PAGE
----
You can still convert the following datas into molecular structure:
(1)Canonical SMILES: C1=CC=C(C=C1)O
(2)InChI: InChI=1S/C6H6O/c7-6-4-2-1-3-5-6/h1-5,7H
(3)InChIKey: ISWSIDIOOBJBQZ-UHFFFAOYSA-N

Toxicity of Phenol:

Organism Test Type Route Reported Dose (Normalized Dose) Effect Source
cat LDLo oral 80mg/kg (80mg/kg)   "Abdernalden's Handbuch der Biologischen Arbeitsmethoden." Vol. 4, Pg. 1319, 1935.
cat LDLo subcutaneous 80mg/kg (80mg/kg)   Journal of Pharmacology and Experimental Therapeutics. Vol. 80, Pg. 233, 1944.
cat LDLo unreported 250mg/kg (250mg/kg)   Revue Medicale de la Suisse Romande. Vol. 15, Pg. 561, 1895.
dog LDLo oral 500mg/kg (500mg/kg)   "Abdernalden's Handbuch der Biologischen Arbeitsmethoden." Vol. 4, Pg. 1319, 1935.
dog LDLo unreported 200mg/kg (200mg/kg)   Revue Medicale de la Suisse Romande. Vol. 15, Pg. 561, 1895.
frog LDLo parenteral 290mg/kg (290mg/kg) PERIPHERAL NERVE AND SENSATION: SPASTIC PARALYSIS WITH OR WITHOUT SENSORY CHANGE

BEHAVIORAL: CONVULSIONS OR EFFECT ON SEIZURE THRESHOLD

CARDIAC: OTHER CHANGES
Naunyn-Schmiedeberg's Archiv fuer Experimentelle Pathologie und Pharmakologie. Vol. 166, Pg. 437, 1932.
frog LDLo subcutaneous 75mg/kg (75mg/kg)   "Abdernalden's Handbuch der Biologischen Arbeitsmethoden." Vol. 4, Pg. 1319, 1935.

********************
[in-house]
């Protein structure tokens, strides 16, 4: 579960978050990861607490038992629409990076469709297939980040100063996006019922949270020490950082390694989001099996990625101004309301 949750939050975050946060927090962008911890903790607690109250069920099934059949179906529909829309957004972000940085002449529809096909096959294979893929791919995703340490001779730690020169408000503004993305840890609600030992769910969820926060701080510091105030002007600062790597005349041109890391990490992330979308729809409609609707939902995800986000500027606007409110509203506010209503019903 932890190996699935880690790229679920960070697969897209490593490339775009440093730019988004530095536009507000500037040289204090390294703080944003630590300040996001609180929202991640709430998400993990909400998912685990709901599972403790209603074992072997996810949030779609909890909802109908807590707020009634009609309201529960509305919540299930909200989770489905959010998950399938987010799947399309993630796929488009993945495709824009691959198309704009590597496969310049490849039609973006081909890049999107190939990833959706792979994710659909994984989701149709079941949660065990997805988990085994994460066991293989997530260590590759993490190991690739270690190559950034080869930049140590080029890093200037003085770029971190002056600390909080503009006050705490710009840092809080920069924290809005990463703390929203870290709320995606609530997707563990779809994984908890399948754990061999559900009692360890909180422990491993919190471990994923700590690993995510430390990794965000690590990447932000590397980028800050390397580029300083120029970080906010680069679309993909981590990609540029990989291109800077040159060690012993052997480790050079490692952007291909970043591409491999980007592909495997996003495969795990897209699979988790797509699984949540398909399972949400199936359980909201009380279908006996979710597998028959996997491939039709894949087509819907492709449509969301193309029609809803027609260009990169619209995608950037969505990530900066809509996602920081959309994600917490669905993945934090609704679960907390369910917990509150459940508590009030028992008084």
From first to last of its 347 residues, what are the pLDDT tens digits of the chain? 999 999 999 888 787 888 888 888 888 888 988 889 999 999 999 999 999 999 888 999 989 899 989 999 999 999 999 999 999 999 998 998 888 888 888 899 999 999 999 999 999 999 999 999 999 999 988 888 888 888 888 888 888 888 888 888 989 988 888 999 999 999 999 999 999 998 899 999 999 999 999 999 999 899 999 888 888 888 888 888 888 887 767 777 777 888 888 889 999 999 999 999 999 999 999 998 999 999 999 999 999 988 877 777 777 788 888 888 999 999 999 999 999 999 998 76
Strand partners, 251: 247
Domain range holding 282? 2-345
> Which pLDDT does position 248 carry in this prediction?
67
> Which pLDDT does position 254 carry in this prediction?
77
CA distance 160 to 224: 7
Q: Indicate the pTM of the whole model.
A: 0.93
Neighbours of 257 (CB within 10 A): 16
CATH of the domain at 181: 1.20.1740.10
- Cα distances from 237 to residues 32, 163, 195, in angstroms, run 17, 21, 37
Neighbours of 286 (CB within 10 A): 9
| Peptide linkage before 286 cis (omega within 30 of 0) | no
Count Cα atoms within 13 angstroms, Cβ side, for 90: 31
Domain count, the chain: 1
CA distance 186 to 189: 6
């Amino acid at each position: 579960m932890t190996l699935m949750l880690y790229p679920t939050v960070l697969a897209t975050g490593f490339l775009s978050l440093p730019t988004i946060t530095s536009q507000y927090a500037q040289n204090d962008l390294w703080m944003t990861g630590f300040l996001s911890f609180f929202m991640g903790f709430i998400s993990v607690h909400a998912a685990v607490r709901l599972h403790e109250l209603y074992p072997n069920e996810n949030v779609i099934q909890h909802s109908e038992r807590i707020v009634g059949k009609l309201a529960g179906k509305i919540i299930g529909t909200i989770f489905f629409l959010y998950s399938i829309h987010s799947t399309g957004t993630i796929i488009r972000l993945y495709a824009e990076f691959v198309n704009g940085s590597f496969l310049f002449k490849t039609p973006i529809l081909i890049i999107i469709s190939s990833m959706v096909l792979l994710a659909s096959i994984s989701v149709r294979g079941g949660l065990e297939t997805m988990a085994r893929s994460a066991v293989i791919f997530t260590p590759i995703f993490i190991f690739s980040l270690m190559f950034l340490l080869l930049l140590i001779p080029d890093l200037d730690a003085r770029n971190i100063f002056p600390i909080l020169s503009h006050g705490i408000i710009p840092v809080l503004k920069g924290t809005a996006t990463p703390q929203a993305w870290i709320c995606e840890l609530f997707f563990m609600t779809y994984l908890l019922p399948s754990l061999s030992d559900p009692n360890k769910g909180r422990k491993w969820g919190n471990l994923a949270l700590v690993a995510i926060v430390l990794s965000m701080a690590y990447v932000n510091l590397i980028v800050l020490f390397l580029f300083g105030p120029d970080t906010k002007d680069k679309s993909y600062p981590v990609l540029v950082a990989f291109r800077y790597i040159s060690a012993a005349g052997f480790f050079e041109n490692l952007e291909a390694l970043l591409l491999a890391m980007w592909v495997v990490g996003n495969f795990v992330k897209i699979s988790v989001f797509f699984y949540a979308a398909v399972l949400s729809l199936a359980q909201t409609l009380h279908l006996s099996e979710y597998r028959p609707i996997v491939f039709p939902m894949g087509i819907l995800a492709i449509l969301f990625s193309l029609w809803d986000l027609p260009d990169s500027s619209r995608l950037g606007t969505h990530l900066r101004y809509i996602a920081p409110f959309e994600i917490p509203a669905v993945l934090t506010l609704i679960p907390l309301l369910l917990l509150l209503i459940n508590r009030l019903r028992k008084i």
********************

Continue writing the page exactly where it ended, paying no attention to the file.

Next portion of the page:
frog LDLo subcutaneous 290mg/kg (290mg/kg)   "Handbook of Toxicology," 4 vols., Philadelphia, W.B. Saunders Co., 1956-59Vol. 1, Pg. 228, 1955.
guinea pig LDLo intraperitoneal 300mg/kg (300mg/kg)   "Handbook of Toxicology," 4 vols., Philadelphia, W.B. Saunders Co., 1956-59Vol. 1, Pg. 228, 1955.
guinea pig LDLo subcutaneous 450mg/kg (450mg/kg)   "Handbook of Toxicology," 4 vols., Philadelphia, W.B. Saunders Co., 1956-59Vol. 1, Pg. 228, 1955.
human LDLo oral 140mg/kg (140mg/kg) BEHAVIORAL: "HALLUCINATIONS, DISTORTED PERCEPTIONS"

SKIN AND APPENDAGES (SKIN): SWEATING: OTHER
"Practical Toxicology of Plastics," Lefaux, R., Cleveland, OH, Chemical Rubber Co., 1968Vol. -, Pg. 329, 1968.
human LDLo oral 14gm/kg (14000mg/kg) BEHAVIORAL: MUSCLE WEAKNESS

LUNGS, THORAX, OR RESPIRATION: CYANOSIS
"Toxicology of Drugs and Chemicals," Deichmann, W.B., New York, Academic Press, Inc., 1969Vol. -, Pg. 463, 1969.
infant LDLo oral 10mg/kg (10mg/kg) BEHAVIORAL: MUSCLE WEAKNESS

LUNGS, THORAX, OR RESPIRATION: CYANOSIS
"Toxicology of Drugs and Chemicals," Deichmann, W.B., New York, Academic Press, Inc., 1969Vol. -, Pg. 463, 1969.
mammal (species unspecified) LD50 oral 500mg/kg (500mg/kg)   Gigiena Truda i Professional'nye Zabolevaniya. Labor Hygiene and Occupational Diseases. Vol. 32(10), Pg. 25, 1988.
man TDLo unreported 5714ug/kg (5.714mg/kg) SENSE ORGANS AND SPECIAL SENSES: OTHER CHANGES: OLFACTION Veterinary and Human Toxicology. Vol. 41, Pg. 151, 1999.